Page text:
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The Rahmi M Koç Museum is fortunate to be housed in two splendid, historical building complexes on the shores of the Golden Horn, at the heart of old Istanbul. These buildings are themselves icons of industrial archaeology, which makes it all the more appropriate that they now host our collection of industrial exhibits.

The Lengerhane

Now a Class II historical monument, this former Ottoman Navy anchor foundry was constructed on the 12th Century foundations of a Byzantine building during the reign of Sultan Ahmet III. (By the way, 'lenger' means 'anchor and chain', and 'hane' means 'house'). The building was subsequently restored in the reign of Sultan Selim III (1789 - 1807), before passing into the ownership of Ministry of Finance and finally, in the Republican era, the Turkish State Monopolies' Cibali Tobacco factory. The roof of the Lengerhane was largely destroyed by fire in 1984 and the building was effectively abandoned until it was purchased by the Rahmi M Koç Museum and Culture Foundation in 1991.
The Hasköy Dockyard

This historic dockyard was founded in 1861 by the former Ottoman Maritime Company (Sirket-I Hayriye) for the maintenance and repair of its own ships. The yard initially comprised just two workshop buildings, and was gradually extended as needs and opportunities arose. A 45m long cradle, powered by a steam capstan was constructed in 1884: later, in 1910, a second cradle was added and the capstan converted to electric power.
Some of the earliest ferry boats were constructed here, including public favourites such as the Kocatas and Sariyer vessels laid down in 1938 and in service for nearly half a century. The dockyard went through many changes of State Ownership before ending up under the control of the Ministry of Communications In 1984. It was finally purchased by the Rahmi M Koç Museum and Culture Foundation in 1996.
The Restoration

The Rahmi M Koç Museum was founded in the Lengerhane building. The Lengerhane itself had been purchased in 1991 and was the subject of a thorough and sympathetic restoration by the firm of Garanti Koza. The original building was supplemented by an underground gallery reached by a long glazed ramp, and finally opened in December 1994. The first phase of the Museum rapidly outgrew itself, and in 1996 the Hasköy Dockyard, then just a ruin on the shores of the Golden Horn opposite the Lengerhane, was purchased. 14 derelict buildings plus the historic ship cradle and lathes were faithfully restored to their original condition, and the second phase opened to the public in July 2001. The museum now has more than 11,000 square metres of galleries.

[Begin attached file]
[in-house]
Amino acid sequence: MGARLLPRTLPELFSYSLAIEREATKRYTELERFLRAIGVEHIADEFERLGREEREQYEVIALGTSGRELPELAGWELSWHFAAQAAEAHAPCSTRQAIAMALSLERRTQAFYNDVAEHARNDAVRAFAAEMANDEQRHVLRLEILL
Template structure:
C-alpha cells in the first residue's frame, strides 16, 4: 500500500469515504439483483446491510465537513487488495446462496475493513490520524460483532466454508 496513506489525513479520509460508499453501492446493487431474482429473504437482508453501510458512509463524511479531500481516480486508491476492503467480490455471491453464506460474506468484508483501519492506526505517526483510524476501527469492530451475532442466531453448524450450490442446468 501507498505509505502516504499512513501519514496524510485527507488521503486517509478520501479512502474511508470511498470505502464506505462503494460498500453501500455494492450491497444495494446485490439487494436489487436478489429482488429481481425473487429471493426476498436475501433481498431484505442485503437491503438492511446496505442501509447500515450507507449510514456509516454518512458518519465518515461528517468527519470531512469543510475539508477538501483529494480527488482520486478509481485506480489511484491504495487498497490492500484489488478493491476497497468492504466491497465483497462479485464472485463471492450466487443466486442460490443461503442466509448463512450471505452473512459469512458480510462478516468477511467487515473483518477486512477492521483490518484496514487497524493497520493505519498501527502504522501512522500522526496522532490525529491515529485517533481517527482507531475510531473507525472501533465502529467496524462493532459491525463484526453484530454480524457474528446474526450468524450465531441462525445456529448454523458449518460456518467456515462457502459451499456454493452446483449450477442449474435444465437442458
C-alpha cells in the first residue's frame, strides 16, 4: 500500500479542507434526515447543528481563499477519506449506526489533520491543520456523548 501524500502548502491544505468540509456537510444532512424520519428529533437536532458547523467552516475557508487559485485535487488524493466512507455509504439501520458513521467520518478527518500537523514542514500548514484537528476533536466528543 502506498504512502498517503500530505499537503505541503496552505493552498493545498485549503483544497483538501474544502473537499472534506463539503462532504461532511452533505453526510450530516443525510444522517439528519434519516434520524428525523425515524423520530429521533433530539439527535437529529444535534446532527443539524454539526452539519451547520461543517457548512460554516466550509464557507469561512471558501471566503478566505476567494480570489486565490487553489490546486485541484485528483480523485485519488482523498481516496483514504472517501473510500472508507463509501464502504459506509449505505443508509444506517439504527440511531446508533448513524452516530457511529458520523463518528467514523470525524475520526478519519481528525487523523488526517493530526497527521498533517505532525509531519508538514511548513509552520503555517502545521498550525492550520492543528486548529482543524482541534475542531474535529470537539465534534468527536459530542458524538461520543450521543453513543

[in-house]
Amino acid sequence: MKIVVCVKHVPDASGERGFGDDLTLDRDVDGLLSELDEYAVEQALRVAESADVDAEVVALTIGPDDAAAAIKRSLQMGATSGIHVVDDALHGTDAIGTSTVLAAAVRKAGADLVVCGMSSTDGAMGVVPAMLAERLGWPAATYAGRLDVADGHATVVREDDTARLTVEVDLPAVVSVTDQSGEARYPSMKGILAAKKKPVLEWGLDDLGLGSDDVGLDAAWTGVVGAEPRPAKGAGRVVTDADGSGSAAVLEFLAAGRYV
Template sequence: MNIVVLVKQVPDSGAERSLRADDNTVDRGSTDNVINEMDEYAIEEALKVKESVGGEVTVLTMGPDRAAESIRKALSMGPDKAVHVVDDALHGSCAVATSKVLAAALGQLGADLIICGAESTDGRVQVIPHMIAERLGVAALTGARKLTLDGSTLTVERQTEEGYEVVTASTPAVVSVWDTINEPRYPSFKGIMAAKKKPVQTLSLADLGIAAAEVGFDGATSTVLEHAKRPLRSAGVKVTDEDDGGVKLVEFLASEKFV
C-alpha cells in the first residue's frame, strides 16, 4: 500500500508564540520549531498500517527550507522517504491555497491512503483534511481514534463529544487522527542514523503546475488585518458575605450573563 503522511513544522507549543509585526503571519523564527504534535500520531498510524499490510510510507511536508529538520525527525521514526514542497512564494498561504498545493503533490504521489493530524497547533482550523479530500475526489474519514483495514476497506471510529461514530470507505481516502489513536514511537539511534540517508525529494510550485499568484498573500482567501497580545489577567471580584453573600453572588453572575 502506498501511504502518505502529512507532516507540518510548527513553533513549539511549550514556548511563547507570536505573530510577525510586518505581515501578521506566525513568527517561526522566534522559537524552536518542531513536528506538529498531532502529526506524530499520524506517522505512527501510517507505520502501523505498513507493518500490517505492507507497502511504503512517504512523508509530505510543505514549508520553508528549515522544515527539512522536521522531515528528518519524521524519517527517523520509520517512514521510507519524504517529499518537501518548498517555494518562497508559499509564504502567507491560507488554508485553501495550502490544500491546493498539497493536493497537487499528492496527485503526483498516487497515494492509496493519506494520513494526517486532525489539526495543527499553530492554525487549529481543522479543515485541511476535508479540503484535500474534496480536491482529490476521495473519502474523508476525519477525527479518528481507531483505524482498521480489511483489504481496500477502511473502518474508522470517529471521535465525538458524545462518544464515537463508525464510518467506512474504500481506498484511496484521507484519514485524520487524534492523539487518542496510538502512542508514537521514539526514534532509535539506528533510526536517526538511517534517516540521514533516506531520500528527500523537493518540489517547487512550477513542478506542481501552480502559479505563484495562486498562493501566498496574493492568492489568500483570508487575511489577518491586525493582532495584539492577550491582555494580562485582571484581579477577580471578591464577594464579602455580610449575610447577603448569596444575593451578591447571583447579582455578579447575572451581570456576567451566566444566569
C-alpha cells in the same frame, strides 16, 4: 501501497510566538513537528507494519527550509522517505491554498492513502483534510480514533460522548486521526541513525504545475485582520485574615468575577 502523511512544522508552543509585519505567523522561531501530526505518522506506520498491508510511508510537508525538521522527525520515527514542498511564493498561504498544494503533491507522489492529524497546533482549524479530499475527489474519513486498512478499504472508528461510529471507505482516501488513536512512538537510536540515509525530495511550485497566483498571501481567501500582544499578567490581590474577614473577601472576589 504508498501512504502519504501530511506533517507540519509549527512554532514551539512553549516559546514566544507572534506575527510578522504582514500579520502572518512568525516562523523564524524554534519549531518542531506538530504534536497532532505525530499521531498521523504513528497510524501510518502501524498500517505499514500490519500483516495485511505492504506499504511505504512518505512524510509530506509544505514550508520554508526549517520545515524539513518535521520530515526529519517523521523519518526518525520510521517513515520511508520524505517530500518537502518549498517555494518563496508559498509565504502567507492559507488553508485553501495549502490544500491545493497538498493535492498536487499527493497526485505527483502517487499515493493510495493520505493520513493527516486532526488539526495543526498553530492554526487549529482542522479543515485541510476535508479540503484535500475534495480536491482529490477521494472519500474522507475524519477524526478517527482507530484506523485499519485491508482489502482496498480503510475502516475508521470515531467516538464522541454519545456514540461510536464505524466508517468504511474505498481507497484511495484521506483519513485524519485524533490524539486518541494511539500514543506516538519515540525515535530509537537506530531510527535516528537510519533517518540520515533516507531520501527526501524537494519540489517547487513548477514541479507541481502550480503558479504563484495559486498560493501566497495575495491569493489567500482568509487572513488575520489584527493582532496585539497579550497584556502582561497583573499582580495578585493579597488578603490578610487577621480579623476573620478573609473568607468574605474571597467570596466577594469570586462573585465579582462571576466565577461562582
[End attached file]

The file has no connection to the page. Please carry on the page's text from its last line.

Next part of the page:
The ‘TEKEL’ land

In 2004 the Rahmi M. Koç Museology and Culture Foundation bid successfully in a tender for the sale of the adjoining parcel of land to the North of the Museum, which formerly belonged to the Turkish Alcohol and Cigarette Monopoly TEKEL. For a while the 7,000m2 area was used as extra parking and a children’s playground, but after permission was received to build on the land, the following were constructed, and opened in 2007:
  • Railway station and sidings for the Hasköy-Sütlüce Railway (60cm narrow gauge)
  • Boathouse for the Koç University rowing team
  • Covered display of steam pumping engines form the Elmalı Dam
  • Covered display of classic aircraft, including the salvaged B-24 ‘Hadley’s Harem’
  • Windmill-driven water pump
  • The sheerlegs from the floating crane barge ‘Turgut Alp’
  • A merry-go-round and children’s playground
  • A car park


While you're in the area, take the chance to visit some of Istanbul's oldest and most interesting districts…

Fener and Balat
Located just across the Golden Horn from Hasköy, these are two very conservative and religious districts, with much evidence of the former diversity of the city's citizens - the area abounds in relics of Jewish and Christian society as well as ancient and modern Islam. Highlights include many Orthodox churches, the Fener Greek School, the Greek Patriarchate, and the Jewish Quarter in Balat. There are also great views of the Museum, from an unusual angle!

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